早期的建议是尽可能的使用“检察的异常”,以此来最大限度的利用编译器提供的帮助来写出无错误的软件。Java类库API的设计者们都认同这一点,他们广泛地使用“检察的异常”来模拟类库方法中几乎所有的紧急应变措施。在J2SE5.1 API规格中,“检察的异常”类型已2比1的比率超过了“未检查的异常”类型。

对程序员而言,看上去在Java类库中大多数的常用方法对每一个可能的失败都声明了“检察的异常”。例如,java.io包
对IOException这个“检察的异常”就有着很大的依赖。至少有63个Java类库包,或直接,或通过十几个下面的子类,抛出这个异常。

I/O的失败极其稀有,但是却很严重。而且,一旦发生,从你所写的代码里基本上是无法补救的。Java程序员意识到他们不得不提供IOException或类似的不可补救的事件,而一个简单的Java类库方法的调用就可能让这些事件发生。捕获这些异常给本来简单的代码带来了一定的晦涩,因为即使在捕获的代码块里也基本上帮不上忙。但是不加以捕获又可能更糟糕,因为编译器要求你的方法必须要抛出那些异常。这样你的实施细则就不得不暴露在外了,而通常好的面向对象的设计都是要隐藏细节的。

这样一个不可能赢的局面导致了我们今天所警告的绝大多数臭名卓著的异常处理的颠覆性格局。同时也衍生了很多正确或错误的补救之道。

一些Java界的知名人物开始质疑Java的“检察的异常”的模型是否是一个失败的试验。有一些东西肯定是失败的,但是这和在Java语言里加入对异常的检查是毫无关联的。失败是由于在Java API的设计者们的思维里,大多数失败的情形是雷同的,所以可以通过同一种异常传达出去。


故障和应变


让我们来考虑在一个假想的银行应用中的CheckingAccount类。一个CheckingAcccount属于一个用户,记载着用户的存款余额,也能接受存款,接受止兑的通知,和处理汇入的支票。一个CheckingAcccount对象必须协调同步线程的访问,因为任何一个线程都可能改变它的状态。CheckingAcccount类里processCheck的方法会接受一个Check对象为参数,通常从帐户余额里减去支票的金额。但是一个管理支票清算的用户端程序调用processCheck方法时,必须有两种可能的应变措施。一,CheckingAccount对象里可能对该支票已有一个止付的命令;二,帐户的余额可能不足已满足支票的金额。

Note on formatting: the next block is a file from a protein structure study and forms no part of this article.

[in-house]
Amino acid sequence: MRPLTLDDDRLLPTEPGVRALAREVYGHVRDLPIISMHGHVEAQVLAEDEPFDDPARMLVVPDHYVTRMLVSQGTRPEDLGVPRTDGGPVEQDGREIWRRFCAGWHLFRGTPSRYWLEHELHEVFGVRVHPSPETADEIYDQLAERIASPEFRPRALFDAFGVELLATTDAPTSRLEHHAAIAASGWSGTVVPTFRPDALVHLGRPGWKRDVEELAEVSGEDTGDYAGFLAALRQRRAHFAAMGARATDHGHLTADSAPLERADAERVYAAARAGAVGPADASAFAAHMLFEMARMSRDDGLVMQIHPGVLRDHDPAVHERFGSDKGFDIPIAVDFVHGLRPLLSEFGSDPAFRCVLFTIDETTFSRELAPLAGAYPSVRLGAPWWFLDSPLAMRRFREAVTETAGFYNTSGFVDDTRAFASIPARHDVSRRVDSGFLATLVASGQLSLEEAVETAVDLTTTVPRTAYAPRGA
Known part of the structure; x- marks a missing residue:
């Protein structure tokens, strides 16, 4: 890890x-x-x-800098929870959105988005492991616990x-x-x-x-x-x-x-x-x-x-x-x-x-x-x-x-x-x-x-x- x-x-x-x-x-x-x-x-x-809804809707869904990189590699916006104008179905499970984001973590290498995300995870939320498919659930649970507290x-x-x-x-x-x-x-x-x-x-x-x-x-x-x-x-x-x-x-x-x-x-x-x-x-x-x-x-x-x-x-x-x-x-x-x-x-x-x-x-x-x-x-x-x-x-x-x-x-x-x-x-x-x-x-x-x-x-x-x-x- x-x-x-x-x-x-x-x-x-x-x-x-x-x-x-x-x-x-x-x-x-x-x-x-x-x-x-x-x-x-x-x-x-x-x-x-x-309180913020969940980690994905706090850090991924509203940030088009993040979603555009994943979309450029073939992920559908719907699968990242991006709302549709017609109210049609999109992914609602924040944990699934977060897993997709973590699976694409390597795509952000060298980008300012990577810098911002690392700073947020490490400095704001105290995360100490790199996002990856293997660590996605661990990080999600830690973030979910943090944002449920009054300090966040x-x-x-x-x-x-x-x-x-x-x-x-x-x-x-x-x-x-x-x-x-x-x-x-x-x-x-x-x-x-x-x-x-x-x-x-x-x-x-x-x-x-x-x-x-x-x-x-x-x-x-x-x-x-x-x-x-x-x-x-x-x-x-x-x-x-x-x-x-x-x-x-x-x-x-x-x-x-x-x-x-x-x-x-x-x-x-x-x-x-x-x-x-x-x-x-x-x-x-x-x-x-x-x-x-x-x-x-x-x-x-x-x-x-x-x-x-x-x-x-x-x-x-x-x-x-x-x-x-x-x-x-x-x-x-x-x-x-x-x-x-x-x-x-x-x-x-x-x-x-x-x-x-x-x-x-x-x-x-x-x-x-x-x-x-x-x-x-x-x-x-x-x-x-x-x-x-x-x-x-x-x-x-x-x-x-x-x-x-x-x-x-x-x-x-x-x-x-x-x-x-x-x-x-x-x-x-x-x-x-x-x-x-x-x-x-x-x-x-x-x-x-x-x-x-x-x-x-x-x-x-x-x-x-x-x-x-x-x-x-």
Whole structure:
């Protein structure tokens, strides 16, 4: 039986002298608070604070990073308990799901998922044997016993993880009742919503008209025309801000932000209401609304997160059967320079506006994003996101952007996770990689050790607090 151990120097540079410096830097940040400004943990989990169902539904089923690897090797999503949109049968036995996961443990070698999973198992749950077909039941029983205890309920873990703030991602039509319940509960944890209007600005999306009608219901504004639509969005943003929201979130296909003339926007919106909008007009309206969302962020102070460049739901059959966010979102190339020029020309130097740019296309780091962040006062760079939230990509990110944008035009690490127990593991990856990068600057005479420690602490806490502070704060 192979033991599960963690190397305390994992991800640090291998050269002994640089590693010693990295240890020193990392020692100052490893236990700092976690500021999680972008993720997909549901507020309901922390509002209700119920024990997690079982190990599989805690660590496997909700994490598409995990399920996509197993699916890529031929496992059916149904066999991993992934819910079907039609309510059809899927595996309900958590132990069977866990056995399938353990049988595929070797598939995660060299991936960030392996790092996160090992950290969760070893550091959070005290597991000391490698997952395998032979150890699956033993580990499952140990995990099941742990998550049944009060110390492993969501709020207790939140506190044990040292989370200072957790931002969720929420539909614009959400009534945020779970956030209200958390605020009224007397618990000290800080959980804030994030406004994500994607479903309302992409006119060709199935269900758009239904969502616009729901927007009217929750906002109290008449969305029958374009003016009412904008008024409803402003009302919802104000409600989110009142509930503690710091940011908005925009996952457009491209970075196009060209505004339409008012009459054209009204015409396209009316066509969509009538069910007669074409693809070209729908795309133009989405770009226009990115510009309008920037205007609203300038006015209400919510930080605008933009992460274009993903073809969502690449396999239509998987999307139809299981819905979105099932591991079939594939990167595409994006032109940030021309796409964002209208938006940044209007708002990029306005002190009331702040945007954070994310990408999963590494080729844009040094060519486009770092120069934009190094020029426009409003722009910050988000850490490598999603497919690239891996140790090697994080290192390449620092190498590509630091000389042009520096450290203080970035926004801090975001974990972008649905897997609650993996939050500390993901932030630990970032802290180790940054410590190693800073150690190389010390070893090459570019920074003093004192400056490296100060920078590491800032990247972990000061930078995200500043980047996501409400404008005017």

所以,processCheck的方法对来自客户端的调用可以有3种方式回应。正常的是处理好支票,并把方法签名里声明的结果返回给调用方。两种应变的回应则是需要与支票清算端沟通的在银行领域实实在在存在的情况。processCheck方法所有3种返回结果都是按照典型的银行支票帐户的行为而精心设计的。

在Java里,一个自然的方法来表示上述紧急的应变是定义两种异常,比如StopPaymentException(止付异常)和InsufficientFundsException(余额不足异常)。一个客户端如果忽略这些异常是不对的,因为这些异常在正常操作的情况下一定会被抛出。他们如同方法的签名一样反映了方法的全面行为。

客户端可以很容易的处理好这两种异常。如果对支票的兑付被停止了,客户端把该支票交付特别处理。如果是因为资金不足,用户端可以从用户的储蓄帐户里转移一些资金到支票帐户里,然后再试一次。

在使用CheckingAccount的API时,这些应变都是可以预计的和自然的结果。他们并不是意味着软件或运行环境的失败。这些异常和由于CheckingAccount类中一些内部实施细则引起的真正失败是不同的。

设想CheckingAccount对象在数据库里保持着一个恒定的状态,并使用JDBC API来对之访问。在那个API里,几乎所有的数据库访问方法都有可能因为和CheckingAccount实施无关的原因而失败。比如,有人可能忘了把数据库服务器运行起来,一个未有连上的网络数据线,访问数据库的密码改变了,等等。